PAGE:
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Operator's Manuals

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Jamie Hall
Jamie Hall Member Posts: 23,323
Most of us either have a library of operation and install manuals hagning around -- or, in these days of the internet, have figured out how to find the manuals on line.

However, may I make a suggestion? Those manuals cover the individual widgets, from relay boxes to boilers and furnaces, but how hard would it be to make an installation manual? As we are all aware, each installation is a little bit different. Having a manual and diagram of how the system was supposed to work, and what device did what, and what the wiring (neatly labelled, please) did would be a big help.

This is particularly true of those who come up will various somewhat different approaches to control or operation, where the original purpose and arrangement -- while perfectly obvious to the person doing the work -- may not be quite so obvious to someone else working on it.
Br. Jamie, osb
Building superintendent/caretaker, 7200 sq. ft. historic house museum with dependencies in New England
reggi

Comments

  • STEVEusaPA
    STEVEusaPA Member Posts: 6,505
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    Couldn't hurt, right? Here's a nice write up by the gang at Caleffi.
    https://www.caleffi.com/usa/en-us/news/documenting-hydronic-systems

    I'd really put the burden on service managers. No tech should go on a service call without all the history of the system, and any documentation needed to service a piece of equipment.

    In general, every component has a wiring diagram. Granted, they're so small you can barely read them, then one scratch, smudge or grease mark and they're pretty useless.

    Basically with the exception of an EK or Buderus controls, not a lot of new under the sun, especially for oil.
    New systems should have all the manuals left on sight, and unless they're more than a basic system, documented with piping/wiring diagrams for the next tech.

    I started with a huge catalog of manuals and wiring diagrams. I even made a small little binder with index cards and printed out everything for service.

    Then as the years go by, and things get locked into my memory (for now at least) I start shedding the pages of things I don't, can't or won't remember. I'm down to 4 cards for controls & motors (mostly ohms readings check outs for different motors/transformers), a couple cards for Riello.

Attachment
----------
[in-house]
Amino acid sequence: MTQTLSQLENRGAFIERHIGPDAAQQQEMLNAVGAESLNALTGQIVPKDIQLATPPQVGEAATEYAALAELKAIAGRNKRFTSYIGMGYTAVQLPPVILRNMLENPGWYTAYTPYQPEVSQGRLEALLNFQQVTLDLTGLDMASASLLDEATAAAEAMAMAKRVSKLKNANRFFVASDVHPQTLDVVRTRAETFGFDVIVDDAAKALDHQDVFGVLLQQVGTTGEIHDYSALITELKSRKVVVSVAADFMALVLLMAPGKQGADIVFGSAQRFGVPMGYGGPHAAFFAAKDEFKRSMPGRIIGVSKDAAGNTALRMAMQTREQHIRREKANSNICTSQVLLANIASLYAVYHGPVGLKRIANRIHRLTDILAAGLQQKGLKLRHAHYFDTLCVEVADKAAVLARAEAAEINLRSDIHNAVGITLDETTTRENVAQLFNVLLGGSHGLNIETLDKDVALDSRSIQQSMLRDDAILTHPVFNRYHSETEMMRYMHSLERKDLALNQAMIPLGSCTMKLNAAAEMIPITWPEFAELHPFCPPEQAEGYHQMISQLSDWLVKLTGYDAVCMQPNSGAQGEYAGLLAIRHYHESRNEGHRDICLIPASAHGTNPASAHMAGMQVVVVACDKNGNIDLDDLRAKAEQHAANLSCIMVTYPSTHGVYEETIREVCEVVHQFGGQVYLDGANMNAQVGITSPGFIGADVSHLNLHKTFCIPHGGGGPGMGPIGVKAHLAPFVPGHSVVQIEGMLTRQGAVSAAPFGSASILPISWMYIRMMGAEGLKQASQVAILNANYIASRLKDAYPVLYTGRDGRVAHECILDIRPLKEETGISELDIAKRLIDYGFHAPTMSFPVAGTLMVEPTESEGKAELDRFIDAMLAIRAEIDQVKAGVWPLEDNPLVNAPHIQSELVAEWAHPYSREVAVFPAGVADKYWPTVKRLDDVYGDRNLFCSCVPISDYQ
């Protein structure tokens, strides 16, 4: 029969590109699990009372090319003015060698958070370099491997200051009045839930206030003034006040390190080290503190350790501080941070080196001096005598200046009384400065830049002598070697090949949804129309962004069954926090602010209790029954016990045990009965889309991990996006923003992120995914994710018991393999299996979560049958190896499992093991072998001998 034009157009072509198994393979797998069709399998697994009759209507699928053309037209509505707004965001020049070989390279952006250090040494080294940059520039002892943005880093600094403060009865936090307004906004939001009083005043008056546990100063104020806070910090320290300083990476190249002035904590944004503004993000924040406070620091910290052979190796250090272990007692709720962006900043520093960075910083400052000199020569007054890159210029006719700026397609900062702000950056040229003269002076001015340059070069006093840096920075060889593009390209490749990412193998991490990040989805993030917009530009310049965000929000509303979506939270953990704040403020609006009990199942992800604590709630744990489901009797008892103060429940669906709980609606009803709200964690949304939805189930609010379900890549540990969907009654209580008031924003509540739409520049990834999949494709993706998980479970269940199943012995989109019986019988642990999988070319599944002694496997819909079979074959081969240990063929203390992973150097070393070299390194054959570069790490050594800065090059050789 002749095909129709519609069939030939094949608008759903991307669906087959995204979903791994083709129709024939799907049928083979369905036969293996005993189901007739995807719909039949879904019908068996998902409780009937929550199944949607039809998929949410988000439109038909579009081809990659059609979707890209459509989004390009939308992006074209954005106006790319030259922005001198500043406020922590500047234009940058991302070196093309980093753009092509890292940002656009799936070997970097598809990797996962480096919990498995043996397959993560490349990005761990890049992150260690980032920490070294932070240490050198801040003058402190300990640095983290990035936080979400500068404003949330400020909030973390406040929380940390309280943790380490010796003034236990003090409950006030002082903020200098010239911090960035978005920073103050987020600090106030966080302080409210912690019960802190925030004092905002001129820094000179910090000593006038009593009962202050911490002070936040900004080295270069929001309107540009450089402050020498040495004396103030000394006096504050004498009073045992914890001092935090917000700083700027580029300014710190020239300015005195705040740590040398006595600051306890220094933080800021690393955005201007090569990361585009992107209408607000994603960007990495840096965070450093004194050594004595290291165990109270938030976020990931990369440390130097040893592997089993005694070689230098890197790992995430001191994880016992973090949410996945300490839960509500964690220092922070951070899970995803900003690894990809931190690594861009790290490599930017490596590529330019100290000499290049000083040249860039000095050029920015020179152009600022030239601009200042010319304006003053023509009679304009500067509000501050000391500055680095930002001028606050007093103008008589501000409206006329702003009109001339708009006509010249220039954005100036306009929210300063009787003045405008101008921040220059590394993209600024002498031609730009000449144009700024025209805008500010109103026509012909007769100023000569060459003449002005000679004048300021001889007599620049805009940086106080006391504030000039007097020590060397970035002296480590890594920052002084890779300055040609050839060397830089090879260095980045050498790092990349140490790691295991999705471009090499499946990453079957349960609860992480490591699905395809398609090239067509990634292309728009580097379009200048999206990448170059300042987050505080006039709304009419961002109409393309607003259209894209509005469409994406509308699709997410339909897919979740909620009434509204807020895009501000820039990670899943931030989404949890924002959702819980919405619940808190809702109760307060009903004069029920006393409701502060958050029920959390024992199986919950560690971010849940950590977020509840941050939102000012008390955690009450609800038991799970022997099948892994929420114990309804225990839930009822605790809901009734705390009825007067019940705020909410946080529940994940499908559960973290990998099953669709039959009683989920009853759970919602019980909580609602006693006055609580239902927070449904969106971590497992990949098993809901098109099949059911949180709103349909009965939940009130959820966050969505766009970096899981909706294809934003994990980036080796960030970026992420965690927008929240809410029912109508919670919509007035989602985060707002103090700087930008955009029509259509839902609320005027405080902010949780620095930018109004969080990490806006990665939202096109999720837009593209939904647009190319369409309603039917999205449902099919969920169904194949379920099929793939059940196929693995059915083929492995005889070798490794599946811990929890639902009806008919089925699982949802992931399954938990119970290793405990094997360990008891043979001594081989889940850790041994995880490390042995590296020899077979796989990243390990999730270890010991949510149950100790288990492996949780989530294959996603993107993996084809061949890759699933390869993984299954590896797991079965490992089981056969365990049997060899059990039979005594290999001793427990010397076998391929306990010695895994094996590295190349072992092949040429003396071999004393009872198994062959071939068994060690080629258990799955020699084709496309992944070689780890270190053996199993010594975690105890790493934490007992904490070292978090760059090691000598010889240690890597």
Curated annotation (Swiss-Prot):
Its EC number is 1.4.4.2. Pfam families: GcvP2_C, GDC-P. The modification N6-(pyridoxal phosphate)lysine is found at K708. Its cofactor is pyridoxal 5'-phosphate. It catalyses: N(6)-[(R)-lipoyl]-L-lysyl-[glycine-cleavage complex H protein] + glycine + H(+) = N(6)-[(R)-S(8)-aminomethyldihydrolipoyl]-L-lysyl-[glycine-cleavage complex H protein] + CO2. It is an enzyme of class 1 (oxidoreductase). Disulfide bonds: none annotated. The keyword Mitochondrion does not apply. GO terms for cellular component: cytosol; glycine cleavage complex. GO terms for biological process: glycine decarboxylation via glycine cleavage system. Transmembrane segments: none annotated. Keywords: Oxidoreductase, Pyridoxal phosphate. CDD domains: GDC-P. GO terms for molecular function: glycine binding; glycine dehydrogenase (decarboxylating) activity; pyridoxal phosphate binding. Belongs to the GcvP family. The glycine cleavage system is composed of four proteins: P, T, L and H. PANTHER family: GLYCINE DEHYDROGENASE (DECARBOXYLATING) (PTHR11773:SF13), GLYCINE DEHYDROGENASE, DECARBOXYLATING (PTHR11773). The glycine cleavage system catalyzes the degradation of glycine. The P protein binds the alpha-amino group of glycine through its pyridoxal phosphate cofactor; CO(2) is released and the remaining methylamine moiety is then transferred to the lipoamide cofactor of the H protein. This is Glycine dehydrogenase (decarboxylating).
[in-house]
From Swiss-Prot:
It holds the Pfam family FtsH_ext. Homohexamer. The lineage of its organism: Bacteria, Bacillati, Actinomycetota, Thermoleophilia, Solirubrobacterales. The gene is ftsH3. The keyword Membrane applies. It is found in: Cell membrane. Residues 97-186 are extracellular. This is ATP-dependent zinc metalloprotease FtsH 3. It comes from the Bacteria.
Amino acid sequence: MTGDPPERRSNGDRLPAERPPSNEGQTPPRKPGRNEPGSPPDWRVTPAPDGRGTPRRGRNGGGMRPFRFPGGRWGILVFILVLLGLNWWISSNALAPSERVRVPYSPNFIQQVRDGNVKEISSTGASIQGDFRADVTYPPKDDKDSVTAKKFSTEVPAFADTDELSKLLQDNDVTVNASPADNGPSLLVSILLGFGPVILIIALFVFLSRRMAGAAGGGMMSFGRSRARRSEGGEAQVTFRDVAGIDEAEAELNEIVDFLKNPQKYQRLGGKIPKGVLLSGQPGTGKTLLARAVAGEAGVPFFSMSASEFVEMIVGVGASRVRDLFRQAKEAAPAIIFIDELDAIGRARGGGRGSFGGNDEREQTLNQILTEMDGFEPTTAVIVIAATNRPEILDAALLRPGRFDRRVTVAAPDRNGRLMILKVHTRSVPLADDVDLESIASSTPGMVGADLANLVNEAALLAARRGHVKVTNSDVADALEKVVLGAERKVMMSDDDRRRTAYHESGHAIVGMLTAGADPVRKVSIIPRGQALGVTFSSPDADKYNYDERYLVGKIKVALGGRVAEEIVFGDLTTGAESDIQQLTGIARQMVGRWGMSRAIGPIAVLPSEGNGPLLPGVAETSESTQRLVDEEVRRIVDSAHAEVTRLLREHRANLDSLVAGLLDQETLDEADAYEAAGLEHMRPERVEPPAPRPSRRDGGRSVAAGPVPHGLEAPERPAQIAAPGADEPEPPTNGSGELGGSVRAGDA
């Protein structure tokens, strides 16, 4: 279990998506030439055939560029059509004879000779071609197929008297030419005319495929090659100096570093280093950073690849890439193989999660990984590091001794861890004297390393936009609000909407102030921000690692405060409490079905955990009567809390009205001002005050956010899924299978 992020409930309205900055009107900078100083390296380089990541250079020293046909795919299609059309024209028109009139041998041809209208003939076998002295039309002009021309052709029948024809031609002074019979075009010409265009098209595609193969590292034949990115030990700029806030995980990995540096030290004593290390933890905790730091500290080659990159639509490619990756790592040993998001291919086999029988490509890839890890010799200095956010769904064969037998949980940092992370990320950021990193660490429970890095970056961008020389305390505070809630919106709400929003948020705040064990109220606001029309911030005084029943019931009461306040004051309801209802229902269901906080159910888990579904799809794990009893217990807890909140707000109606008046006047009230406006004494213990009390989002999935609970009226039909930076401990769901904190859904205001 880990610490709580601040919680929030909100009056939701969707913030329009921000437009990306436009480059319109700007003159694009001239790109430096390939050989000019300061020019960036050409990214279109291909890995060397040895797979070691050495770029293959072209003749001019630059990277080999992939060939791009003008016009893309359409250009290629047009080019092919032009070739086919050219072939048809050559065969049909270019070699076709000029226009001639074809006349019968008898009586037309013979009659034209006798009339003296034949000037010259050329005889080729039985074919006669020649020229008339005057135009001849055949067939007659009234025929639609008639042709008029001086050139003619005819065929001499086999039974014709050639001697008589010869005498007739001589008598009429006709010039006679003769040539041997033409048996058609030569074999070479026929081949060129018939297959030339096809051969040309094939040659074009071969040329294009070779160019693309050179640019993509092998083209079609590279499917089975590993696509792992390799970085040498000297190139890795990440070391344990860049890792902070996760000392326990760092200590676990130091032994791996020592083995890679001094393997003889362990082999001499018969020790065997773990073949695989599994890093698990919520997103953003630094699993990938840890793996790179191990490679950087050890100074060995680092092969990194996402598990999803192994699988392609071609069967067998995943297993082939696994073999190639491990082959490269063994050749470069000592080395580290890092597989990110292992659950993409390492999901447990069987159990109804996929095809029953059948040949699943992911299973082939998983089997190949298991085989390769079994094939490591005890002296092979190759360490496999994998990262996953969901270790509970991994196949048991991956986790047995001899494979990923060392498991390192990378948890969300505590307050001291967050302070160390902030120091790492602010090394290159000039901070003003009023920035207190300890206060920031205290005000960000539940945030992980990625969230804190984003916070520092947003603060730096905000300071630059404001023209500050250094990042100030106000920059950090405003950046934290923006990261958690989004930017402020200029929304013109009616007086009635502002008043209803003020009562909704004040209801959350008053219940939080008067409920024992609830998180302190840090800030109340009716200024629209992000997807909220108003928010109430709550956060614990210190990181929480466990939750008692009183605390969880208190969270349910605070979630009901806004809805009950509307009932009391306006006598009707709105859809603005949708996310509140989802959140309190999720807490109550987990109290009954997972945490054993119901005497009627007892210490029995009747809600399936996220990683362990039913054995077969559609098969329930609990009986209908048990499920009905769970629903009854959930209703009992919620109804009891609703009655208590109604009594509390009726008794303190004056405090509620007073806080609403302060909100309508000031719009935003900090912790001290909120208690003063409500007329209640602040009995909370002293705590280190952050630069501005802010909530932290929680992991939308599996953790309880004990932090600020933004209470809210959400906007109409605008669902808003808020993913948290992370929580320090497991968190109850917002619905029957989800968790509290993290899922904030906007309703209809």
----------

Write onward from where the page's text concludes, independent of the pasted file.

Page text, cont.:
I keep a few books in the truck for reference:
    -Advanced Oil Burners-George Lanthier
    -Advanced Riello Oil-George Lanthier
    -Carlin complete engineering manual.
    -Lynn combustion chamber catalog
    -And a Field Controls catalog.
    In my meter bag I have the Carlin ProMaxx diagnostic card and a Riello Burner diagnostic card.

    On my phone is pretty much everything else-lots of Taco/Nest, EK/Nest stuff, and customer related Tekmar control manuals. All the equipment manuals I may need for most of the customers in my customer base are in my customer database on my phone for easy look up if needed.

    There was an error rendering this rich post.

  • SteamingatMohawk
    SteamingatMohawk Member Posts: 1,007
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    Good suggestion. How do you propose to deal with the nuances of the multitude of boilers, pressure controls, etc.? Perhaps you can define the scope ( 1 pipe or 2 pipe, gas or oil fired, pressure or vacuum, with or without drop header, float or probe LWCO ) so we can understand it.

    I have a Powerpoint slide for the single pipe with 2 mains for my house. I attached it for info. The numbers in boxes identify the sections of pipe that I used a couple of years ago to do some calculations. They can easily be removed.

    I recently messaged @dopey27177 about his book. He said it was written for the home owner and technician to understand how steam heating works. It has a little history of steam, has drawings of piping systems, explains radiator venting, steam trapping and has a trouble shooting guide.

    He did not include boilers or heating controls because the book would be confusing for people that read at a 8 grade level and below.

    @dopey27177 What do you say?